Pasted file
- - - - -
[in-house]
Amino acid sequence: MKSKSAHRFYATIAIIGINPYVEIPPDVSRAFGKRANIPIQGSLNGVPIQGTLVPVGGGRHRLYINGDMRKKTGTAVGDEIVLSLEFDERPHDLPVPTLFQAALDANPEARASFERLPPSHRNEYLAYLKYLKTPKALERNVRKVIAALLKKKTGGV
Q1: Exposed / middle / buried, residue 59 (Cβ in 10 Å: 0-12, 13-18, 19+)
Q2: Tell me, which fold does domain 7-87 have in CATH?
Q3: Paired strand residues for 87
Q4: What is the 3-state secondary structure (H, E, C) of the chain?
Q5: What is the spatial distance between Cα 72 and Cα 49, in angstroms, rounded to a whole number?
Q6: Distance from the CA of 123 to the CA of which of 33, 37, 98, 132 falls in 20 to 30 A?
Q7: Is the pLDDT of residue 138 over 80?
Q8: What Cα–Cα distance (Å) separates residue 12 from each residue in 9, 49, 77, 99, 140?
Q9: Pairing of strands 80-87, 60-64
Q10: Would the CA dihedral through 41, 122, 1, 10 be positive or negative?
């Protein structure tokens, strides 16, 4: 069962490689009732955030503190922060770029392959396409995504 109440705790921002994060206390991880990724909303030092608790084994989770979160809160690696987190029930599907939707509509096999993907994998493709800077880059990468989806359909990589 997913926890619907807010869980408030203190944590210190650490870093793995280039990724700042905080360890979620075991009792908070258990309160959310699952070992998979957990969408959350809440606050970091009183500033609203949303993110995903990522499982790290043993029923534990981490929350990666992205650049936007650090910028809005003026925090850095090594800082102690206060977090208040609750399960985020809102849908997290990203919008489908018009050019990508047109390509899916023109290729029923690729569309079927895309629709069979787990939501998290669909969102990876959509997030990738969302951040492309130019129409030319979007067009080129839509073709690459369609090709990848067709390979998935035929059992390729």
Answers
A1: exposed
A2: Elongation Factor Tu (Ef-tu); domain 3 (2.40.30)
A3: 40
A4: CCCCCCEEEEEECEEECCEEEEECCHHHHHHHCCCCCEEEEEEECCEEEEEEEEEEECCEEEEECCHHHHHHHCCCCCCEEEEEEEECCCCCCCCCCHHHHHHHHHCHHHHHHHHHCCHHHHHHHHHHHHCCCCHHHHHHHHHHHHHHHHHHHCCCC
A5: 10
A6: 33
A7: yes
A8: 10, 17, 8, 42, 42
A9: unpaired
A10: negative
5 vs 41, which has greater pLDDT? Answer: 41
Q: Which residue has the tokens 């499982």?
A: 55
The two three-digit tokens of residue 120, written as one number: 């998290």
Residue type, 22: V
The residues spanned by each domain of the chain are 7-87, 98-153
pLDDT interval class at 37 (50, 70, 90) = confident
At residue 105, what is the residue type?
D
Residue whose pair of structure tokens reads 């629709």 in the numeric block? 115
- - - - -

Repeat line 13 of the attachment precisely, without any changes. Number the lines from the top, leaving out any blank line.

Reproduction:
């Protein structure tokens, strides 16, 4: 069962490689009732955030503190922060770029392959396409995504 109440705790921002994060206390991880990724909303030092608790084994989770979160809160690696987190029930599907939707509509096999993907994998493709800077880059990468989806359909990589 997913926890619907807010869980408030203190944590210190650490870093793995280039990724700042905080360890979620075991009792908070258990309160959310699952070992998979957990969408959350809440606050970091009183500033609203949303993110995903990522499982790290043993029923534990981490929350990666992205650049936007650090910028809005003026925090850095090594800082102690206060977090208040609750399960985020809102849908997290990203919008489908018009050019990508047109390509899916023109290729029923690729569309079927895309629709069979787990939501998290669909969102990876959509997030990738969302951040492309130019129409030319979007067009080129839509073709690459369609090709990848067709390979998935035929059992390729």